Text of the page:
One of my Redbud Writers Guild colleagues, Elisabeth Klein Corcoran, just released a new book called Unraveling: Hanging onto Faith Through the End of a Christian Marriage (Abingdon Press).
Q&A with author/speaker Elisabeth Klein Corcoran
Question: What is your book about?
Answer: It’s basically a road map of emotions taking women through the really hard journey of a Christian marriage coming to an end. I encourage women to feel every single feeling they’ve got, pretty much for as long as they need to.
Q: Why did you want to share your story so publicly?
A: I’m not sure I wanted to necessarily, it’s more like I felt compelled to do so. About six months into my separation, I realized I was being asked many questions but they were all boiling down to these three main concepts: people who didn’t hold to my faith wanted to know why I had stayed married so long; women in difficult Christian marriages themselves wanted to know how I had stayed married so long; and some Christians who disapproved without knowing the whole story wanted to know why I wasn’t staying married forever.
Once I realized I was hearing the same questions over and over, I wrote a series for Crosswalk and it sort of took on a life of its own. Once I saw both the controversy and the resonance coming from the commenters, I realized that this was a topic that was being discussed but usually only from theological perspectives, not from the inside of an actual unraveling Christian marriage. So, I decided to start writing, and changed the focus of my blog from pretty much every topic under the sun to difficult Christian marriages, domestic abuse, divorce in our Christian culture, and how the Church handles all of it.
Q: There are a lot of books on divorce out there. What’s different about yours?
A: There are a ton! And I read most of them! But each one I read was written after the fact. And don’t get me wrong; that was great. It was good and important for me to see that there was hope and joy and light down the road for me. But I began writing this book at the beginning of my separation and all the way through my divorce, putting the finishing touches on it one year after my divorce was final. So it was me – raw, uncensored basically – through the entire journey; not six months after the fact. I had been looking for a book that would sort of hold my hand through being handed the divorce papers to walking out of court unmarried to lying in bed all day to finally, maybe getting back on with life, a little bit at a time. And when I couldn’t find that book, I wrote that book.
Q: Why do you think divorce is so taboo?
A: First, I think that the average church-attending Christian doesn’t really know what the Bible says about divorce. So, when someone they go to church with is going through it, they are holding up their skewed biblical lens (thinking to themselves how “God hates divorce”) and then judging. Not everyone does this, of course, but as someone who didn’t have a clear picture herself of what God’s word says on this topic, I know that I did this quite a bit, especially as the women’s ministry leader at my church.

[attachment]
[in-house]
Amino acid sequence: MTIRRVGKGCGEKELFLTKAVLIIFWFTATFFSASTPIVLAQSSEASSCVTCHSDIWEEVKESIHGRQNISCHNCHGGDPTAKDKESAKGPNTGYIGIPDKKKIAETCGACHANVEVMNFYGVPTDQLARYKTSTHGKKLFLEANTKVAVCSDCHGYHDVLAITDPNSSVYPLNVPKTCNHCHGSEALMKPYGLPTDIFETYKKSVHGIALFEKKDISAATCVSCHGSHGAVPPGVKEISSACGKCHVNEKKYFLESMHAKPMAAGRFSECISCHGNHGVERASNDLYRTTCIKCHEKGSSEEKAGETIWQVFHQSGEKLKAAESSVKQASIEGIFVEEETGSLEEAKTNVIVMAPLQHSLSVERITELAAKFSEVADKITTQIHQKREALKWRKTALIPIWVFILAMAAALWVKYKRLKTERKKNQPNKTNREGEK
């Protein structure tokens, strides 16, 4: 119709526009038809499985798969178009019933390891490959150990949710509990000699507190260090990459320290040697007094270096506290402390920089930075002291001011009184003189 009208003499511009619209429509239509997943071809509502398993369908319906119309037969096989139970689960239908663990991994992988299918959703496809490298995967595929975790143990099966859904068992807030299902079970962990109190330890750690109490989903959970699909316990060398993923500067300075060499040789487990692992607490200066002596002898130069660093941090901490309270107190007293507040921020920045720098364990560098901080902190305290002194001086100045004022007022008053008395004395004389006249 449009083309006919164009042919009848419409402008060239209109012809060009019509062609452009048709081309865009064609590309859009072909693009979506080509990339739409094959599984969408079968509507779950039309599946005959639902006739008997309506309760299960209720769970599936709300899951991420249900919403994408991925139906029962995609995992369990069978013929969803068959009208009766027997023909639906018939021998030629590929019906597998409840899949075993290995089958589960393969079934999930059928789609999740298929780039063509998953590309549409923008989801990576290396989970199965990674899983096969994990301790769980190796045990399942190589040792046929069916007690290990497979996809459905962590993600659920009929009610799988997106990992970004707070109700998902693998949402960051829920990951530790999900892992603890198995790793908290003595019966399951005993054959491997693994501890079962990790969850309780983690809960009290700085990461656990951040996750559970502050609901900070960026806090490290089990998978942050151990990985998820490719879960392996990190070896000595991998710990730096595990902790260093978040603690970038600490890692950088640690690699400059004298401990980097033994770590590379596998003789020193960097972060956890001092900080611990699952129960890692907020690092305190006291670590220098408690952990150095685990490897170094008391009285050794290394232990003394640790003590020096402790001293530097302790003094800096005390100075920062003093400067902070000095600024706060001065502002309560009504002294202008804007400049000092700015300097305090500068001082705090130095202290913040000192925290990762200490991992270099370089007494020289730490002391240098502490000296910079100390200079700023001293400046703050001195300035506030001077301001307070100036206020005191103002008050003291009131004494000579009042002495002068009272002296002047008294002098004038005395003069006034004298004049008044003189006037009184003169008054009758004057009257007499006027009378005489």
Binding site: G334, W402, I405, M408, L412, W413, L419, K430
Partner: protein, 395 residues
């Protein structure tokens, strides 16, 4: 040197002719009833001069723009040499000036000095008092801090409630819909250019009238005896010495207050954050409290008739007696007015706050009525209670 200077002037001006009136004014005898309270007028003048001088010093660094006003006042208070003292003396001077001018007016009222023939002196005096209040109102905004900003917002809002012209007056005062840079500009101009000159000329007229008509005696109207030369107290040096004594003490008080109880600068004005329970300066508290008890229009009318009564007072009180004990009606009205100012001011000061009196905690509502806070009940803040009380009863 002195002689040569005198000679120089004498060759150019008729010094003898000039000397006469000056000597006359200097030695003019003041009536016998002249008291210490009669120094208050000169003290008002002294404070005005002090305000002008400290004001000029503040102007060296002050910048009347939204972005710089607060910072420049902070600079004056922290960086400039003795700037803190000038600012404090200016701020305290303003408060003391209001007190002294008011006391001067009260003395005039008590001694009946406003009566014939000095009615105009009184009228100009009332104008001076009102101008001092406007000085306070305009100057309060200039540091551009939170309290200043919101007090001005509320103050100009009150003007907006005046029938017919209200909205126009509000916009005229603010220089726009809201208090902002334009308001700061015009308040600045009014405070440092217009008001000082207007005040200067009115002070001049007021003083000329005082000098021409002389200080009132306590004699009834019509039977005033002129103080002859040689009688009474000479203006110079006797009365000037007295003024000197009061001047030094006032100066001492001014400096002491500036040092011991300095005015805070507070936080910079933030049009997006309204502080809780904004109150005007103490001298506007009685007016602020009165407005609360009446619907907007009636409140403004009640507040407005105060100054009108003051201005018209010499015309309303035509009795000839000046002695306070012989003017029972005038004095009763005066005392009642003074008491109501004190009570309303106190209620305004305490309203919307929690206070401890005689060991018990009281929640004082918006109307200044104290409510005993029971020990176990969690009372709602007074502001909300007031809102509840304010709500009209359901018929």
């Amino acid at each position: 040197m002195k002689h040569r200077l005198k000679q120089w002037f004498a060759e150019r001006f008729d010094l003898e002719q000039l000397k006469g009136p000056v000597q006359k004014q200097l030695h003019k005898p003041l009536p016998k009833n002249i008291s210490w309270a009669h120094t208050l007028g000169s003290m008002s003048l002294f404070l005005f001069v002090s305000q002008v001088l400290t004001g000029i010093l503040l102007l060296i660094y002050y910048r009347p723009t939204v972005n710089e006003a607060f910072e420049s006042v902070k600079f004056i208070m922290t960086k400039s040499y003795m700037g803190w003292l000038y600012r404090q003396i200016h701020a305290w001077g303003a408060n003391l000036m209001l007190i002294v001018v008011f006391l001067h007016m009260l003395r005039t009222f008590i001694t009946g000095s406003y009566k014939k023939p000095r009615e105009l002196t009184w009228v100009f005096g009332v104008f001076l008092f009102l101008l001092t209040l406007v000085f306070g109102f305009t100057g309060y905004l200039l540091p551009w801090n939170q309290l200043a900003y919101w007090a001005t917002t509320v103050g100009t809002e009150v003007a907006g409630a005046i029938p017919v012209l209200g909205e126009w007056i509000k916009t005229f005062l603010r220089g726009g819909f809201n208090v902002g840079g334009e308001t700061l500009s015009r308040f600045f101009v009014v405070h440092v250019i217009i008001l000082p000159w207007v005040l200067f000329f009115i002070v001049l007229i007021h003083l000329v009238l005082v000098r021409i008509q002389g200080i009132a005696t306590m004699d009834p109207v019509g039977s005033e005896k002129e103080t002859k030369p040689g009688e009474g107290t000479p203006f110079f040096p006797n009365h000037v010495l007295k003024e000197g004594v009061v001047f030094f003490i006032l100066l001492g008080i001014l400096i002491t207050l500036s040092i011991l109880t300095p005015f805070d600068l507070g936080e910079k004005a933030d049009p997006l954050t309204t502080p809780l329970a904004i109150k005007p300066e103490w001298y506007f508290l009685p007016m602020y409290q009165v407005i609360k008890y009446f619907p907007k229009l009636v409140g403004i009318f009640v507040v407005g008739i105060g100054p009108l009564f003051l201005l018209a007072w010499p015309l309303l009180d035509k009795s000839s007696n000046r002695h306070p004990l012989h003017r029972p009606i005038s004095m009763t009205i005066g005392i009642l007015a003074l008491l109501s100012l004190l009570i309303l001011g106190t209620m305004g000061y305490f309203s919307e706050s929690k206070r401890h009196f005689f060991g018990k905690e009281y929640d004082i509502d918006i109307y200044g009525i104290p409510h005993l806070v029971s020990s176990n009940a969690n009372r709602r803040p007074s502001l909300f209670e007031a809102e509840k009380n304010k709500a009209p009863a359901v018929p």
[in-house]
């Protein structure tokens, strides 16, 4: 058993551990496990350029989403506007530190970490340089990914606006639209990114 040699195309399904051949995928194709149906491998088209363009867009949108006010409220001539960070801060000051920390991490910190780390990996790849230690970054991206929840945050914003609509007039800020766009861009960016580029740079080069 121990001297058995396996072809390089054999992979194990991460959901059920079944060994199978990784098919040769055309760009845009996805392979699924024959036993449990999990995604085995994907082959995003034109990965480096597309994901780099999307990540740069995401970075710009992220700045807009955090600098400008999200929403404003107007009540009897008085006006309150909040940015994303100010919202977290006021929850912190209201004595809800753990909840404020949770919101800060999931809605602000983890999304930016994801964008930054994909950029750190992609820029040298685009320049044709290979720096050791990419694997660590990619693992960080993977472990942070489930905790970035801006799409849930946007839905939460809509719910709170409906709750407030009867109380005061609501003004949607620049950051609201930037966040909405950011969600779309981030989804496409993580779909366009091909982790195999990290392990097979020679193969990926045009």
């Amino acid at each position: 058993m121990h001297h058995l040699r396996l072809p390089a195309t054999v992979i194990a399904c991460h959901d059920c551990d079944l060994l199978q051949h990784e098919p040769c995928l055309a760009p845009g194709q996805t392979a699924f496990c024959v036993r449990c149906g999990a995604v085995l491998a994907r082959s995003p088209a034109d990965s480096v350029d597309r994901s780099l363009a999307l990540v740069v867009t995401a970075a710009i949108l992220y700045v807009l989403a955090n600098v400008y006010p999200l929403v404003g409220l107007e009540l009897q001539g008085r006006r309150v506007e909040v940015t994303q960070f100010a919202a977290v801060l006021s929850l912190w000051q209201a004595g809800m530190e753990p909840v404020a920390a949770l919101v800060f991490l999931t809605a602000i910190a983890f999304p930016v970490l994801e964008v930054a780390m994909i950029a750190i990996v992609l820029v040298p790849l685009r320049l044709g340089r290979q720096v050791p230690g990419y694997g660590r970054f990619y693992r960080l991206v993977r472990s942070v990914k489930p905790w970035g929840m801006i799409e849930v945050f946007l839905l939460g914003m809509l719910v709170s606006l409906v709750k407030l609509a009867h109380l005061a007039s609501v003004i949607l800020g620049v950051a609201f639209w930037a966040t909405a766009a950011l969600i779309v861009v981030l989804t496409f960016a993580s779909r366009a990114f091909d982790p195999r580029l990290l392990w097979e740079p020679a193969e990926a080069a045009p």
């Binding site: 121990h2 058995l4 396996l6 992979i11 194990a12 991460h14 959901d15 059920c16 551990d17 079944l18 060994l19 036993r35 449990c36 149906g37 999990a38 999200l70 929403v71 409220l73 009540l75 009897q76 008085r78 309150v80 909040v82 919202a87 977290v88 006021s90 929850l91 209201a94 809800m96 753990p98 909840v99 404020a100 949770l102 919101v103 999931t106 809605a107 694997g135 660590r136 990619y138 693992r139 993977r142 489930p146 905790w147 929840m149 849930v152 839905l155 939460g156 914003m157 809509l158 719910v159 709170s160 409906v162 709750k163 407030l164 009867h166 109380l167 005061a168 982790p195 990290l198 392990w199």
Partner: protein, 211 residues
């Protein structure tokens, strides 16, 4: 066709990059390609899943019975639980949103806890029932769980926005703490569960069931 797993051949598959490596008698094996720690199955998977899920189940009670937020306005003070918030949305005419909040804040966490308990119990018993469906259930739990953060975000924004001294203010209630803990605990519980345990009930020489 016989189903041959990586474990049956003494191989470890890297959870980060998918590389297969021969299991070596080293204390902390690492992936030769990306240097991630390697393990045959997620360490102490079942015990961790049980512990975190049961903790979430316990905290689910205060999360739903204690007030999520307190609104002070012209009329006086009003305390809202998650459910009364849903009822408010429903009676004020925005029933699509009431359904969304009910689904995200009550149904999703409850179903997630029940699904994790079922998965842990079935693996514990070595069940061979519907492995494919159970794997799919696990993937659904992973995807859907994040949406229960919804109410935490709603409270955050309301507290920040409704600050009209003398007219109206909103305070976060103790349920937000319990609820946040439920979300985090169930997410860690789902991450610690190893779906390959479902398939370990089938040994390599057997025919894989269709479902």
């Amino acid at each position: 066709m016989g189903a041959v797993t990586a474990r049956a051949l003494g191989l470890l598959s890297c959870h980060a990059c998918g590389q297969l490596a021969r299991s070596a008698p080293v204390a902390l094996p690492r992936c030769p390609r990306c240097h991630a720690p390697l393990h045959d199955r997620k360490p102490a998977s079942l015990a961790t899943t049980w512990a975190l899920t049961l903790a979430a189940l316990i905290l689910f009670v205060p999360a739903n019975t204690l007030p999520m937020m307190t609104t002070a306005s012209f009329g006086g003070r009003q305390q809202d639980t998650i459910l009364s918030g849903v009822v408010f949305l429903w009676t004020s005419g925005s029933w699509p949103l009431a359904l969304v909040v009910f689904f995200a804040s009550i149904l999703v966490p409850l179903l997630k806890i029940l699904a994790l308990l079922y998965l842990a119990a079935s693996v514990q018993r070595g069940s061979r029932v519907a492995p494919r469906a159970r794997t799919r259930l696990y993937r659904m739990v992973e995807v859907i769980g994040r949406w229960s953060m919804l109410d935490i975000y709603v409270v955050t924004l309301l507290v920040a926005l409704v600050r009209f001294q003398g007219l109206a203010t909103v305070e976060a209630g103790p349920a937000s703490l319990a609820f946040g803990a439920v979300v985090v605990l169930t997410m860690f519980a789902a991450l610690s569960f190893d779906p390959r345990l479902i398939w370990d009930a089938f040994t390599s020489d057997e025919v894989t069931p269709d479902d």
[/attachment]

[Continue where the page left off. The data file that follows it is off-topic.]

Also, I think – and this could just be me – there’s something to be said for, not divorce rubbing off on someone by any means, but the forced authenticity that seems to come with such a public brokenness. And so, say if you’re in a difficult marriage too and you see another person going through it, it might scare you and freak you out a bit – how hard it all looks to go through it; and it might even make you think, “If I have to stay married, so should they…” Again, it’s looking at someone through a judge’s lens.
I think we just don’t let each other into our lives enough. Because most judgment, if you think about it, comes from someone outside the inner circle, not within arm’s length. And if we were walking more closely with each other, I think we’d have much more empathy and understanding when anyone hit any kind of dark season.
Q: Any advice for women who are divorcing?
A: Just know that it may get worse before it gets better, but it will get better, I promise. God has walked me through this so gently. There has been so much pain and many moments when I felt utterly alone, and yet I believe that he has been with me during this entire thing…hard marriage all the way through now. So, basically, it won’t always be this hard, and you are not alone.
Q: Any advice for someone who has a friend going through a divorce?
A: Love her, love her, love her. Ask good questions. Listen well. Be patient: the grieving process may be messier and take longer than you’d expect. It’s a death and should be treated that way. Bring her a meal or take her out to dinner. Include her and her children in some of your family’s activities. Check in with her regularly: divorce can be super isolating. And love her, if I didn’t already mention that.
Elisabeth Klein Corcoran is the author of Unraveling: Hanging Onto Faith Through the End of a Christian Marriage, speaks several times a month to women’s groups, and is a member of Redbud Writers’ Guild. During her time at Christ Community Church’s Blackberry Creek Campus in Aurora, Illinois she began and led their women’s ministry for ten years prior to moving to the city’s Orchard Community Church. She lives with her children in Illinois. Visit her online at http://www.elisabethcorcoran.com/difficult-marriage-divorce/ or https://www.facebook.com/ElisabethKleinCorcoran. She is the moderator of two private Facebook groups: one for women in difficult Christian marriages, and one for Christian women who are separated or divorced. Email her at firstname.lastname@example.org if interested in joining.